Genetic and phenotypic effects of phonological short-term memory and grammatical morphology in specific language impairment.


Falcaro, M; Pickles, A; Newbury, DF; Addis, L; Banfield, E; Fisher, SE; Monaco, AP; Simkin, Z; Conti-Ramsden, G; SLI Consortium, ; (2008) Genetic and phenotypic effects of phonological short-term memory and grammatical morphology in specific language impairment. Genes, brain, and behavior, 7 (4). pp. 393-402. ISSN 1601-1848 DOI: https://doi.org/10.1111/j.1601-183X.2007.00364.x

Full text not available from this repository.

Abstract

Deficits in phonological short-term memory and aspects of verb grammar morphology have been proposed as phenotypic markers of specific language impairment (SLI) with the suggestion that these traits are likely to be under different genetic influences. This investigation in 300 first-degree relatives of 93 probands with SLI examined familial aggregation and genetic linkage of two measures thought to index these two traits, non-word repetition and tense marking. In particular, the involvement of chromosomes 16q and 19q was examined as previous studies found these two regions to be related to SLI. Results showed a strong association between relatives' and probands' scores on non-word repetition. In contrast, no association was found for tense marking when examined as a continuous measure. However, significant familial aggregation was found when tense marking was treated as a binary measure with a cut-off point of -1.5 SD, suggestive of the possibility that qualitative distinctions in the trait may be familial while quantitative variability may be more a consequence of non-familial factors. Linkage analyses supported previous findings of the SLI Consortium of linkage to chromosome 16q for phonological short-term memory and to chromosome 19q for expressive language. In addition, we report new findings that relate to the past tense phenotype. For the continuous measure, linkage was found on both chromosomes, but evidence was stronger on chromosome 19. For the binary measure, linkage was observed on chromosome 19 but not on chromosome 16.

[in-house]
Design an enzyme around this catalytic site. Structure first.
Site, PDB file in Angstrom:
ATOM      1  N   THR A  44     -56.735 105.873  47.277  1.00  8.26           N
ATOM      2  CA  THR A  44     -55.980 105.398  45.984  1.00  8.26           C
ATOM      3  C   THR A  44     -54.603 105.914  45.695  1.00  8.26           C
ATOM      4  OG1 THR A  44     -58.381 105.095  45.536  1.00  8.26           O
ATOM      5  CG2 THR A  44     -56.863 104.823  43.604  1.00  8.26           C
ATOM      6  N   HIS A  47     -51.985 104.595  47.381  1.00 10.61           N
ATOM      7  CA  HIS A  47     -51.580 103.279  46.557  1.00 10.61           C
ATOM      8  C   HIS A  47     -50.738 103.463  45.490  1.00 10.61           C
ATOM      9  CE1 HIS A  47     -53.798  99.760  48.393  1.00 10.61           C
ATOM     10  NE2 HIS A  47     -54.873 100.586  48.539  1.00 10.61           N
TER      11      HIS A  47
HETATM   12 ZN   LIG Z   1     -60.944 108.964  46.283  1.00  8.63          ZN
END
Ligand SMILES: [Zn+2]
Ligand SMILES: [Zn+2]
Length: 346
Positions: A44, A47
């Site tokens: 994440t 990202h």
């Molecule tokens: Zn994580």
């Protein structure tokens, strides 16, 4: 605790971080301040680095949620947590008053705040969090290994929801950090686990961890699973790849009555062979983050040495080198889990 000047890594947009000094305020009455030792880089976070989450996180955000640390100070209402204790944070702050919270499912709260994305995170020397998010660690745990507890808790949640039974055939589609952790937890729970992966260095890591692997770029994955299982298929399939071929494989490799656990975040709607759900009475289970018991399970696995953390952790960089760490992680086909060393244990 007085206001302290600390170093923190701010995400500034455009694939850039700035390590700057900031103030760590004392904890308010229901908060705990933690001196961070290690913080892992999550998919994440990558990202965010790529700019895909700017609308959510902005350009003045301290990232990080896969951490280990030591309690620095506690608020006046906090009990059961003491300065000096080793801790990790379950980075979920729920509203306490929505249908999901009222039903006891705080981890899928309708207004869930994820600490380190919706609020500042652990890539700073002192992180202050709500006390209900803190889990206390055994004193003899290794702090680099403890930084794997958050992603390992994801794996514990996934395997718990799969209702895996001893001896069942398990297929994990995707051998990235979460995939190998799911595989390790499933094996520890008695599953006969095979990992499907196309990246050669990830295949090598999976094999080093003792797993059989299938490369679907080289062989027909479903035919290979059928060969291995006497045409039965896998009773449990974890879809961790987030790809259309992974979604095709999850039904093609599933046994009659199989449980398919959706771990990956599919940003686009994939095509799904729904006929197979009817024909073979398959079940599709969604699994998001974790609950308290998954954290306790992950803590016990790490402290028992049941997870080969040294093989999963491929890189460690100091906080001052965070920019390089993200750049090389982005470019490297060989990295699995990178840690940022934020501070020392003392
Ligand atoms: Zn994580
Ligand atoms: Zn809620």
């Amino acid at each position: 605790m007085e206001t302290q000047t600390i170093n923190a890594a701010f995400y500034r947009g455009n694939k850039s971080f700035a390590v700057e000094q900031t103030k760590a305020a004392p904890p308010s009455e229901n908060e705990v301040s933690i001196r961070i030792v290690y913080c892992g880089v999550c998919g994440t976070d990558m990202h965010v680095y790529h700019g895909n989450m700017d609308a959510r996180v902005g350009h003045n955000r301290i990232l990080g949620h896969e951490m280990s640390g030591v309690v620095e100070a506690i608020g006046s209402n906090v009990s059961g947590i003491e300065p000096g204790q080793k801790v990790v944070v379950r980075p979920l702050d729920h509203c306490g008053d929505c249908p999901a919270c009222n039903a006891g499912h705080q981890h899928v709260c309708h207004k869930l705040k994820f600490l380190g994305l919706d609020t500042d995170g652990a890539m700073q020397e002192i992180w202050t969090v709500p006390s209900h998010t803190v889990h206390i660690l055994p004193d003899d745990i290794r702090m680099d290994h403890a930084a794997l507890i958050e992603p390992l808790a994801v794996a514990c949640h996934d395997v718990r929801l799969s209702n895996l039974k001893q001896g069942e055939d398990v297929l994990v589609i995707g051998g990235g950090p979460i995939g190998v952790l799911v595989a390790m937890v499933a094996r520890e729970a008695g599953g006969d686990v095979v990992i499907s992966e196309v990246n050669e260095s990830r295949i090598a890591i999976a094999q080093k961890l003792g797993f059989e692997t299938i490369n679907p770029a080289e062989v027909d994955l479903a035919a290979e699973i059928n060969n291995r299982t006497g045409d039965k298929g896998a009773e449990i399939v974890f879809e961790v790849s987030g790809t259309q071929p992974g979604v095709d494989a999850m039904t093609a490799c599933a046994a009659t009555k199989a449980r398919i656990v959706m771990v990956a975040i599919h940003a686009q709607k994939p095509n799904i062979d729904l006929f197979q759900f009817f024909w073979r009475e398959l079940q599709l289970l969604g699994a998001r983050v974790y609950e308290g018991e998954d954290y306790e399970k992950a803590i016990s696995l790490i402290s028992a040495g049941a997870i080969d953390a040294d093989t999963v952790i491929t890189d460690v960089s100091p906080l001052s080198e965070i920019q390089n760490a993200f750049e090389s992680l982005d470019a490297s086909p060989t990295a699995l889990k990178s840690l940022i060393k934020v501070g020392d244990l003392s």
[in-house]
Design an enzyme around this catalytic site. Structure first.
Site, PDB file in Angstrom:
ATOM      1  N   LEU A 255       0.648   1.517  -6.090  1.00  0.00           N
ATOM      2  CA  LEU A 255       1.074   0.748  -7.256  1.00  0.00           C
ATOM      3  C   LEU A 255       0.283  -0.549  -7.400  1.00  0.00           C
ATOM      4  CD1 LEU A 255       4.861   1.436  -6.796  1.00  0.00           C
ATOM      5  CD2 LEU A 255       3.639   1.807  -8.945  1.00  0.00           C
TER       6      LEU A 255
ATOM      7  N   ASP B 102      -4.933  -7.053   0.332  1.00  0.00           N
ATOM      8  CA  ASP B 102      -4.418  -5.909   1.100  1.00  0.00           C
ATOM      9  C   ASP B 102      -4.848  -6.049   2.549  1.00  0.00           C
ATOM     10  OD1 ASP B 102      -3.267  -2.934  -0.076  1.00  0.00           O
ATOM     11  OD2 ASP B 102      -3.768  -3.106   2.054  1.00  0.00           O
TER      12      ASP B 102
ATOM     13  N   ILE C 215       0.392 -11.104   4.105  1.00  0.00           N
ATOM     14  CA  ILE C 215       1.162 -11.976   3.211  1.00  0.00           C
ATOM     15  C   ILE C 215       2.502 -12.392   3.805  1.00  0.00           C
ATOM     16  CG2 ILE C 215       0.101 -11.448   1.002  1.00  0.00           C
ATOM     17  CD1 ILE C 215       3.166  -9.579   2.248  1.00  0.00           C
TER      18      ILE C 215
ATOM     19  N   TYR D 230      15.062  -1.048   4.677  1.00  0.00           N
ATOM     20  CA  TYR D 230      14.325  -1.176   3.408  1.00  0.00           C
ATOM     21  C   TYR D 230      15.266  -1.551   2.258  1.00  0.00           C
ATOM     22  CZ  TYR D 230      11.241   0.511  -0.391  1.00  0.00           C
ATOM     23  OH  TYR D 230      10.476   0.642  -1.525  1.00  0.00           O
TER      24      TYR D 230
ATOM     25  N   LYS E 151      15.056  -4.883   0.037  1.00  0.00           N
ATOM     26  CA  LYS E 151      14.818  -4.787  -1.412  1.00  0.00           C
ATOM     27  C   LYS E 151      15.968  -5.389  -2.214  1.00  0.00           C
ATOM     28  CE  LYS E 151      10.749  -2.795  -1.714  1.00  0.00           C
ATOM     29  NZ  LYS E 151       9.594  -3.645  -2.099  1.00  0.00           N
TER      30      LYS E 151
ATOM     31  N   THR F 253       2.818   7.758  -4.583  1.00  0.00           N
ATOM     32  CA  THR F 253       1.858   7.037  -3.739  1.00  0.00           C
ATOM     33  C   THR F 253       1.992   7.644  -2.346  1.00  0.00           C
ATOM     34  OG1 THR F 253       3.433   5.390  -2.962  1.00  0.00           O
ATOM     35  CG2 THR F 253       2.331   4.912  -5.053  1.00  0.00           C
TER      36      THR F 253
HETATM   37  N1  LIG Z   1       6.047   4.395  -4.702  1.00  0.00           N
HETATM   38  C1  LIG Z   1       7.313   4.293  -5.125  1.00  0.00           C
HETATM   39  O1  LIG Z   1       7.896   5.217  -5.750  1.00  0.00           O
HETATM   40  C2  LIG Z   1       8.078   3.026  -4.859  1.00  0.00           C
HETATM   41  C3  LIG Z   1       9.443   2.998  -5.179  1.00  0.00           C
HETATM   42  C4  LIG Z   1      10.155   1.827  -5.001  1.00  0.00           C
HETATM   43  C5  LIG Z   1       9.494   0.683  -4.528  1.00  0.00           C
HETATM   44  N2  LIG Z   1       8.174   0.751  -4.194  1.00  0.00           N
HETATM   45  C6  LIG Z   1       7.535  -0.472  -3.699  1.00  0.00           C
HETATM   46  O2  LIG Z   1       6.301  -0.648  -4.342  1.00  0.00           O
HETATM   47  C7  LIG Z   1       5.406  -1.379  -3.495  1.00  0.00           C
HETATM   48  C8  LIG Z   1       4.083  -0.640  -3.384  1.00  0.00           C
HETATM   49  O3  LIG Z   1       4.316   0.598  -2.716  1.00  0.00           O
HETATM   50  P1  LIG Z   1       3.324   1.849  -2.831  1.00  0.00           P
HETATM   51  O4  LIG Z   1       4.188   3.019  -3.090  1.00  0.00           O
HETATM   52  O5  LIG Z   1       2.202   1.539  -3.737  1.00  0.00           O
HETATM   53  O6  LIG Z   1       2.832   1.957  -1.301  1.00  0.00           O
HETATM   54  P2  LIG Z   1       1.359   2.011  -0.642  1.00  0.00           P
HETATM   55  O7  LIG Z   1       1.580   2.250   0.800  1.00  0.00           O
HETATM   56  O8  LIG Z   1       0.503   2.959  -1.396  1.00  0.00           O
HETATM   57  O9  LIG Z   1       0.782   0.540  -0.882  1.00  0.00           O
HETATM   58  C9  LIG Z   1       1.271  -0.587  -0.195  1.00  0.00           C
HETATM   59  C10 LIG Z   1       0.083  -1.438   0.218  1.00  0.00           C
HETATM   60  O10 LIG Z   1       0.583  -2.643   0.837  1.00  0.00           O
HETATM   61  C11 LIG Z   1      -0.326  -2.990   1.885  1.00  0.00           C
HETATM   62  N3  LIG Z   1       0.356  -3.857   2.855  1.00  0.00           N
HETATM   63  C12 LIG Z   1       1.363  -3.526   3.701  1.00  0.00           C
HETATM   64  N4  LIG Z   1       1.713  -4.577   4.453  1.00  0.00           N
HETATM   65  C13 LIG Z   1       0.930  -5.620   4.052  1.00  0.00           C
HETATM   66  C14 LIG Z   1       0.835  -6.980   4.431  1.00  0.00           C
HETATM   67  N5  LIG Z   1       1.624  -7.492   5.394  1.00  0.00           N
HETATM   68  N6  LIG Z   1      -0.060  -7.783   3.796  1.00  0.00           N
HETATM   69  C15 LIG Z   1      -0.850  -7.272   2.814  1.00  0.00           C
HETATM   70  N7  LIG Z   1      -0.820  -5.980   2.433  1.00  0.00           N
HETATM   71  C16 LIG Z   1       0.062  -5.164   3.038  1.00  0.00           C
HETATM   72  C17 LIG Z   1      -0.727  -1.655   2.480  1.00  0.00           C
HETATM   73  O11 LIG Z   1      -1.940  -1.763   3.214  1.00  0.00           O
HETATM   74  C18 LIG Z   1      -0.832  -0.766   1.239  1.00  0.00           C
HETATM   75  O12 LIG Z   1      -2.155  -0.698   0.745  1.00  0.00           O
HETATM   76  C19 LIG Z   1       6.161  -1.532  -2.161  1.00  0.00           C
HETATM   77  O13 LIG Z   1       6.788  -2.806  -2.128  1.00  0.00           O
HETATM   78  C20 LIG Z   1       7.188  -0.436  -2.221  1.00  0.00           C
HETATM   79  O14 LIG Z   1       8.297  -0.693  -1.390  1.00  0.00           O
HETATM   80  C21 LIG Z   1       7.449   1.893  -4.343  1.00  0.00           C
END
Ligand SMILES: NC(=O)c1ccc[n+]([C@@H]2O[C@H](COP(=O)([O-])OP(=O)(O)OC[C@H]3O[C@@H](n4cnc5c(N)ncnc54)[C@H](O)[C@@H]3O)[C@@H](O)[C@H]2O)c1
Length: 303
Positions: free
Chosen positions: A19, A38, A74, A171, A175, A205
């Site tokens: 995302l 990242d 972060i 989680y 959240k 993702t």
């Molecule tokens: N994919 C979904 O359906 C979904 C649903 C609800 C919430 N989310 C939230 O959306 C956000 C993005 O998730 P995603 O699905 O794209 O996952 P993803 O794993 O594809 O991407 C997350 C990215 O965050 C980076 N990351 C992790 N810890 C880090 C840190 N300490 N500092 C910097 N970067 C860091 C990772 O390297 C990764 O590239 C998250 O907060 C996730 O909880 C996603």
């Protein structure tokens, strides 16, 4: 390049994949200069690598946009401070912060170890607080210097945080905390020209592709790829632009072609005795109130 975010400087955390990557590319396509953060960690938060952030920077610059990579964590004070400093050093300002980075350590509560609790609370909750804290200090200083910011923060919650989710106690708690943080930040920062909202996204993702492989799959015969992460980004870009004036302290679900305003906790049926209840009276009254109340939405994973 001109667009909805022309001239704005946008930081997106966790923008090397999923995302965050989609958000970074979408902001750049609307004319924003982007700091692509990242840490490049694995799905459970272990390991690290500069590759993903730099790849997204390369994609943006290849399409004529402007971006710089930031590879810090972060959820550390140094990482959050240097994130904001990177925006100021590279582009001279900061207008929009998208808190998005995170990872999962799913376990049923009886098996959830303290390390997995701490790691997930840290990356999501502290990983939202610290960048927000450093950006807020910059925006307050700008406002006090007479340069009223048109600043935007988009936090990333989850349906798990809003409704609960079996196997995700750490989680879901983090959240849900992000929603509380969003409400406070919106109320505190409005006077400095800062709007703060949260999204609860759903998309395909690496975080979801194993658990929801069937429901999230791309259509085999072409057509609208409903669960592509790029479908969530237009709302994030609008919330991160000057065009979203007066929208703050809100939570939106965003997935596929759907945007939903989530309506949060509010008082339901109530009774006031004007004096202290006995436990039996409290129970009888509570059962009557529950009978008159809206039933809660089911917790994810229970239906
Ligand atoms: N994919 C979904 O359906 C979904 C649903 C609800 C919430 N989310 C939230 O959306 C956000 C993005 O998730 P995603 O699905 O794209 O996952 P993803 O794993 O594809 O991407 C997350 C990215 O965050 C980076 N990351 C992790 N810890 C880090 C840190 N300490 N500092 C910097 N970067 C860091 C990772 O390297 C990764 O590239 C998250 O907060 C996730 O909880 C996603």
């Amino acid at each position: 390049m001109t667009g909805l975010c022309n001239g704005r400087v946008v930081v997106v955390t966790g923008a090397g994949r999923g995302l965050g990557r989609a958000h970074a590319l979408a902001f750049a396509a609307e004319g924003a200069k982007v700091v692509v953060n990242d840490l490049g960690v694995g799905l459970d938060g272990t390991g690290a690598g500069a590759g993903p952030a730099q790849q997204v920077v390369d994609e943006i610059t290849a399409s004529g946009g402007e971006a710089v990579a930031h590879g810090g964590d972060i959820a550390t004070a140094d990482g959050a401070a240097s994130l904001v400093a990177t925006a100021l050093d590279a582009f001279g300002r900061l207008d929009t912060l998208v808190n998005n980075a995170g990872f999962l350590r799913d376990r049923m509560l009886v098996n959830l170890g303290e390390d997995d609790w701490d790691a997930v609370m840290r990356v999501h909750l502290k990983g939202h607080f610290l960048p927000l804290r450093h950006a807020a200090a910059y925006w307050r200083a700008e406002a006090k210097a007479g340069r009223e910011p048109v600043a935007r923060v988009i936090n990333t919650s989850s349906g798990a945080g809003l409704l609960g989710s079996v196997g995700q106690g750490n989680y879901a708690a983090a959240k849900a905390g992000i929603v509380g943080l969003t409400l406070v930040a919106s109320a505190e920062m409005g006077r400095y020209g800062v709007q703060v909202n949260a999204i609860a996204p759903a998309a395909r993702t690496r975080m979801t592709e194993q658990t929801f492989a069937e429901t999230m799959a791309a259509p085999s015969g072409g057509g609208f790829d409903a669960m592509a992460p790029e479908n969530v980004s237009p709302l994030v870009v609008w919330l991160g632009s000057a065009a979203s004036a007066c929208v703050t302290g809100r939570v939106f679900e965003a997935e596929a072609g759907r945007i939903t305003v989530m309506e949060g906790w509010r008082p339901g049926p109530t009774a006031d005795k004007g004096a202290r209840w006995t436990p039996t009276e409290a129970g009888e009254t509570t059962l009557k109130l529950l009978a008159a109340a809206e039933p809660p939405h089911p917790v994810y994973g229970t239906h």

Item Type: Article
Faculty and Department: Faculty of Epidemiology and Population Health > Dept of Non-Communicable Disease Epidemiology
PubMed ID: 18005161
Web of Science ID: 255286200002
URI: http://researchonline.lshtm.ac.uk/id/eprint/1922

Statistics


Download activity - last 12 months
Downloads since deposit
0Downloads
283Hits
Accesses by country - last 12 months
Accesses by referrer - last 12 months
Impact and interest
Additional statistics for this record are available via IRStats2

Actions (login required)

Edit Item Edit Item